High-tech prosthetics developed for wounded veterans make complex tasks possible for amputees.
BALTIMORE – One minute, Anne Mekalian’s brain is telling her prosthetic arm to unstack a set of multicolored plastic cones, and the shiny black metal limb is listening. Every now and then, the plastic clatters to the table, but quickly the cones are separated and restored to a neat pile. The next moment, though, the bionic hand doesn’t know what to make of slight muscle movements in Mekalian’s forearm, interpreted through a set of electrodes touching the skin on the rounded remnant limb that extends just below her elbow. Instead of pinching a red clothespin, the robotic hand spins like Linda Blair’s head in “The Exorcist.”
“This is why it’s experimental, right?” Mekalian, of Joppatowne, Md., joked scientists who had gathered in an office at Johns Hopkins Hospital to watch her as part of clinical trials of advanced prosthetics.
The technology is advancing quickly. Over the past several months, Mekalian and two other amputees working with a Johns Hopkins Hospital surgeon and local company have been among the first in the nation to take home thought-controlled robotic arms designed for wounded veterans.
While the devices haven’t been perfect replacements for limbs lost, they have brought a glimpse of what patients took for granted before being struck by infection, cancer or violence.
Trial and error applying the technology to their daily lives — putting on makeup, cooking, carrying a laundry basket — is leading to refinements.
The scientists say the technology could be available within a couple of years to countless others commercially, with plans for U.S. Food and Drug Administration review next year.
Before that can happen, the scientists are learning all they can through the 67-year-old Mekalian and the others. “We’re almost inventing a new field of medicine,” said Dr. Albert Chi, a Johns Hopkins trauma surgeon working with the patients. “We’re kind of learning as we go. There’s no textbooks out there.”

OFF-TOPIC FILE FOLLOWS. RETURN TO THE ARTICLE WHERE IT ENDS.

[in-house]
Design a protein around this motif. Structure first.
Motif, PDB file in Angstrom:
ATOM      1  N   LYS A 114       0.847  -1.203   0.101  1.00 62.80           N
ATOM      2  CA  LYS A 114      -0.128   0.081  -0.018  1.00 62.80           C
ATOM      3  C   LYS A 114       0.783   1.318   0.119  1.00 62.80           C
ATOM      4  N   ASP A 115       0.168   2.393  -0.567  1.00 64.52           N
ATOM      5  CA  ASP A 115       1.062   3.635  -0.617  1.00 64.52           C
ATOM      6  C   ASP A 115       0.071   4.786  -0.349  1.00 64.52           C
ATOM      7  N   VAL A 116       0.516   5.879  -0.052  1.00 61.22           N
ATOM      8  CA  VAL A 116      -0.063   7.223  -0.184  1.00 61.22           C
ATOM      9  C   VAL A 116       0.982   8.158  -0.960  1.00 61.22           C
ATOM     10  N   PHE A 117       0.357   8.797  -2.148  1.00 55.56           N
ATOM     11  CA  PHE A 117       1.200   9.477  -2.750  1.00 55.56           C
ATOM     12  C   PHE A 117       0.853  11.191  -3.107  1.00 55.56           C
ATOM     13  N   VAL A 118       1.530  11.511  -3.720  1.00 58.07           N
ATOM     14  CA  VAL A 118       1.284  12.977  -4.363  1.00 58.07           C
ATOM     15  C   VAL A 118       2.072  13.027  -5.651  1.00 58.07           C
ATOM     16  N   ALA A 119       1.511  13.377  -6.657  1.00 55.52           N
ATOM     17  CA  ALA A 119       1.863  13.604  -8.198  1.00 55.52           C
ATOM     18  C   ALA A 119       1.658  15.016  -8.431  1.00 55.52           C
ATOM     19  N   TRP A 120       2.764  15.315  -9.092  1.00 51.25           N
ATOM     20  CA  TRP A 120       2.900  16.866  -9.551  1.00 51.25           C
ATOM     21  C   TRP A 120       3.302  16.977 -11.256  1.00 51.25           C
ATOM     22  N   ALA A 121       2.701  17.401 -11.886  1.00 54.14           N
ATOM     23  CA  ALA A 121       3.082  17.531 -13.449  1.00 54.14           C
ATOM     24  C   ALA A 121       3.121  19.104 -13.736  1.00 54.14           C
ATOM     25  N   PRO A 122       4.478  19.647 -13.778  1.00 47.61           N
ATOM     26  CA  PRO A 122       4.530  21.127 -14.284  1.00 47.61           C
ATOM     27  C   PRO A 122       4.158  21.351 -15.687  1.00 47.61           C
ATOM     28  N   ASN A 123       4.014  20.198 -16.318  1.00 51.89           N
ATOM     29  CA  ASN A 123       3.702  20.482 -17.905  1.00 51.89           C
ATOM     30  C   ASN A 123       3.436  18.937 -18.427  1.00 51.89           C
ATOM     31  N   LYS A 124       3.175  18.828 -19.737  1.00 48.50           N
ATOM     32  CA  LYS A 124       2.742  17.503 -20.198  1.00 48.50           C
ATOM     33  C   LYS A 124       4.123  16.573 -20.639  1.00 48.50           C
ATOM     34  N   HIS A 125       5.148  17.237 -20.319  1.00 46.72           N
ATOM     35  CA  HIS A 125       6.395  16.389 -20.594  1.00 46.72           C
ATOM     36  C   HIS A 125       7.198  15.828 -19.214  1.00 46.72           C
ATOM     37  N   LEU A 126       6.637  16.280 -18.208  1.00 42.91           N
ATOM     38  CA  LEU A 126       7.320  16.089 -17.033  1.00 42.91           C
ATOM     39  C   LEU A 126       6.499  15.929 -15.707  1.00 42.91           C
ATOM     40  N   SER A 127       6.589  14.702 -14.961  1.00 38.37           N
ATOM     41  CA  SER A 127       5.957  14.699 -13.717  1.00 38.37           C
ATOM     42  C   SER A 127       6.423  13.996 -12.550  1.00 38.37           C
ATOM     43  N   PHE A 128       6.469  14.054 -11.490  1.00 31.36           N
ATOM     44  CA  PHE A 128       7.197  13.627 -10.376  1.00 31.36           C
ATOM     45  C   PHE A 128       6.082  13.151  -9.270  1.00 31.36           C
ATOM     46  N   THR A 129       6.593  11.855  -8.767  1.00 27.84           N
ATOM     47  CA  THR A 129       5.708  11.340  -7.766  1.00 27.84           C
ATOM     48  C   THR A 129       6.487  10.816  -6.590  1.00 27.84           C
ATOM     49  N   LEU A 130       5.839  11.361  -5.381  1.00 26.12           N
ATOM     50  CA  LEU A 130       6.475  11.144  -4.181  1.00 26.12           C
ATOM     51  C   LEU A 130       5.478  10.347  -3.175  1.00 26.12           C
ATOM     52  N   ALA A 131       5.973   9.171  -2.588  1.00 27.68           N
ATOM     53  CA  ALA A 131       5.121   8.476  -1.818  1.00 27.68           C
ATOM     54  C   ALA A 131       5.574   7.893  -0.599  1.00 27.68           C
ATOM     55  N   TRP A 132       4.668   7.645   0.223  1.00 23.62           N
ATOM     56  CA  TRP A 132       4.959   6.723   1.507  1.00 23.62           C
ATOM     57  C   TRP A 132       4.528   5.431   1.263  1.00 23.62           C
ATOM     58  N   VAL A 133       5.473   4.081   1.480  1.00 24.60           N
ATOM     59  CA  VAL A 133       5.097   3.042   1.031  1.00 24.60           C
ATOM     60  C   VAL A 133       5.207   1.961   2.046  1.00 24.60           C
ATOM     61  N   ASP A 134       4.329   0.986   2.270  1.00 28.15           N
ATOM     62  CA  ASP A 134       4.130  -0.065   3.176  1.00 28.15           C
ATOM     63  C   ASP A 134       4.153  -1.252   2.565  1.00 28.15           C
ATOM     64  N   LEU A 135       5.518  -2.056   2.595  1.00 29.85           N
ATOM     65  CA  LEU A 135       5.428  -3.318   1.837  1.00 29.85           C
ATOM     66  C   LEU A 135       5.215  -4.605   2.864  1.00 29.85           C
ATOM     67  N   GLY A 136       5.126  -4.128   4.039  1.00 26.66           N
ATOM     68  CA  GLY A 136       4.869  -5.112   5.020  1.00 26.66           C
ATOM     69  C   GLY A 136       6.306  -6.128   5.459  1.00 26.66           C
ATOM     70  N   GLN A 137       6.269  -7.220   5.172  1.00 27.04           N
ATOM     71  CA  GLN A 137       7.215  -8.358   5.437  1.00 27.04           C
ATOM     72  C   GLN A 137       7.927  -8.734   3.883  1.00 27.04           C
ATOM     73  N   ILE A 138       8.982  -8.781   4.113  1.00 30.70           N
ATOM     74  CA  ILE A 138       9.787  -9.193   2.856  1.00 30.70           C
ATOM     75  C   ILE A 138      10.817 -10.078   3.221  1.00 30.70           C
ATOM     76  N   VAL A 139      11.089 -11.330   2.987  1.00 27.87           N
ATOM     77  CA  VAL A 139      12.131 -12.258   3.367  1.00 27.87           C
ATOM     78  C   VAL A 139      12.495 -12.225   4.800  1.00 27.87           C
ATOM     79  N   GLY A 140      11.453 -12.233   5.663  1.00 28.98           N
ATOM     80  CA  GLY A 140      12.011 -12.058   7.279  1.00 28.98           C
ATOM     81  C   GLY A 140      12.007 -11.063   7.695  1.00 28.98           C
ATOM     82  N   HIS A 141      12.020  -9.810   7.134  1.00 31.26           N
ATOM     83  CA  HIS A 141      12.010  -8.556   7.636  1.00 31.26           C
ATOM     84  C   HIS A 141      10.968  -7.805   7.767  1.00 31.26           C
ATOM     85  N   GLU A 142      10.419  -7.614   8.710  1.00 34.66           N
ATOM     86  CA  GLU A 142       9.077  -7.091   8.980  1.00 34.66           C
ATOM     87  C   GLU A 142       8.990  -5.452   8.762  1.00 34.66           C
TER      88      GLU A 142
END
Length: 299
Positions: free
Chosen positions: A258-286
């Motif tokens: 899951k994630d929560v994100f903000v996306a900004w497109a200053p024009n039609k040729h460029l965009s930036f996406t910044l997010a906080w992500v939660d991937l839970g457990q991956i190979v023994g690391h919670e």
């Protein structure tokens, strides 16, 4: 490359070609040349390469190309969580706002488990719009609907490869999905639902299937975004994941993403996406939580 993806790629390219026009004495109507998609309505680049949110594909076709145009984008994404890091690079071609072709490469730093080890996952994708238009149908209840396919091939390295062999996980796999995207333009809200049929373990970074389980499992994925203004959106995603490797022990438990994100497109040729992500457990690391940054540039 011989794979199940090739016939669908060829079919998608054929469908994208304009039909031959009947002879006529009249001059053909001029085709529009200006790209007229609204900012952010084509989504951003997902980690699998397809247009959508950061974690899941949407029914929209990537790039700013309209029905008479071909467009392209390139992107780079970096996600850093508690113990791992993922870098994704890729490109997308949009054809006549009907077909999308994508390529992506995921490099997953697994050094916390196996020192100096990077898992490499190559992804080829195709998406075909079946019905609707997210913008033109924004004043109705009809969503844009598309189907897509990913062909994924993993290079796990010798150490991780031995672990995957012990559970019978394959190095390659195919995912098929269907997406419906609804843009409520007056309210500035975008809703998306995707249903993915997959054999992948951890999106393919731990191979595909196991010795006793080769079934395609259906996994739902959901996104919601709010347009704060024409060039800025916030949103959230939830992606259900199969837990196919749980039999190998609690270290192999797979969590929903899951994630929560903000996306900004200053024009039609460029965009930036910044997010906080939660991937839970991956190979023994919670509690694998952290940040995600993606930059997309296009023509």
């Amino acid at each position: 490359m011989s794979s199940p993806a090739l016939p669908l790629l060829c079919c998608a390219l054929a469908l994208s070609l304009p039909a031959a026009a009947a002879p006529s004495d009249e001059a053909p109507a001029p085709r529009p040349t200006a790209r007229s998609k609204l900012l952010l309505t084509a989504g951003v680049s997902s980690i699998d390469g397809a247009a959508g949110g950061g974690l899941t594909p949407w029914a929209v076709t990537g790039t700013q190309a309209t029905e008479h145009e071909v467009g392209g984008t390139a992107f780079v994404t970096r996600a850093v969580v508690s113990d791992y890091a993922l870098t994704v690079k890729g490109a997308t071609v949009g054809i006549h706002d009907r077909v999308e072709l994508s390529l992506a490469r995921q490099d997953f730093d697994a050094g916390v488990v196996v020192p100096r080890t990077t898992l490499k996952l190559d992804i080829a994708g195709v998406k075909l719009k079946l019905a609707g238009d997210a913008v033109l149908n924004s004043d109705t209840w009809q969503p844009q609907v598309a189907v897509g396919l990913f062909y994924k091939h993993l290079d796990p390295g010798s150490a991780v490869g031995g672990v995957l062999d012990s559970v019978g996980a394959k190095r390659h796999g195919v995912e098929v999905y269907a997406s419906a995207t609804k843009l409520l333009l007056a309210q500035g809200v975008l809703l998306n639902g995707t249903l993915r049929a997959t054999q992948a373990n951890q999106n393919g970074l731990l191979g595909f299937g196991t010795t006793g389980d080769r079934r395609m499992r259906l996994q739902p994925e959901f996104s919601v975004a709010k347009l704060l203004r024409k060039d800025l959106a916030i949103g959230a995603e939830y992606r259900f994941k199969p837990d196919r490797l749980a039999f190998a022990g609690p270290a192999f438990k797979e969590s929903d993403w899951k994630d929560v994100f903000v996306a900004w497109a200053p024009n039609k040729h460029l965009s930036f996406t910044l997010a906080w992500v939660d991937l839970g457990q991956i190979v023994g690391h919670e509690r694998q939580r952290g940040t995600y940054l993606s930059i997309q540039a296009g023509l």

For the past two years, Chi has worked with Baltimore’s Infinite Biomedical Technologies and Advanced Arm Dynamics, a Texas-based developer of prosthetics, to blaze the trail, starting with Johnny Matheny, a West Virginian who lost his left arm to cancer in 2008. Dana Burke, a Pennsylvania woman who lost her right arm about 5 inches below her shoulder after a shooting 15 years ago, came next.
Efforts to develop the device began in 2006, under a program of the U.S. military’s Defense Advanced Research Projects Agency. The Johns Hopkins Applied Physics Laboratory, hired for $35 million in 2010, was responsible for developing the technology for soldiers returning from the wars in Iraq and Afghanistan with amputations.
Now Mekalian has joined Matheny and Burke in various successes and frustrations as they serve as guinea pigs.
Just two years ago, it wasn’t a position the third-grade teacher expected to be in. But then her health took a sudden, disastrous turn. A strep infection caused pneumonia in both of Mekalian’s lungs and put her body into sepsis. Her extremities began to blacken with gangrene. She had to undergo quadruple amputation, below the knees and elbows.
As she began rehabilitation, she read a Baltimore Sun article about Burke and saw a “60 Minutes” piece featuring Matheny, who were both working with Chi. She wondered if she might be able to use the technology, too.
Within days of a call to the Hopkins physics laboratory, she was connected with Chi.
The high-tech prosthetics are the closest thing to a flesh-and-bone arm and yet are no more invasive than traditional “body-powered” devices. With those prosthetics, amputees might activate a pincer hand by using their opposite shoulder to pull a cable within the device.
But to control Mekalian’s prosthetic arm, down to each robotic finger, she does little more than think — just as she did before her amputation.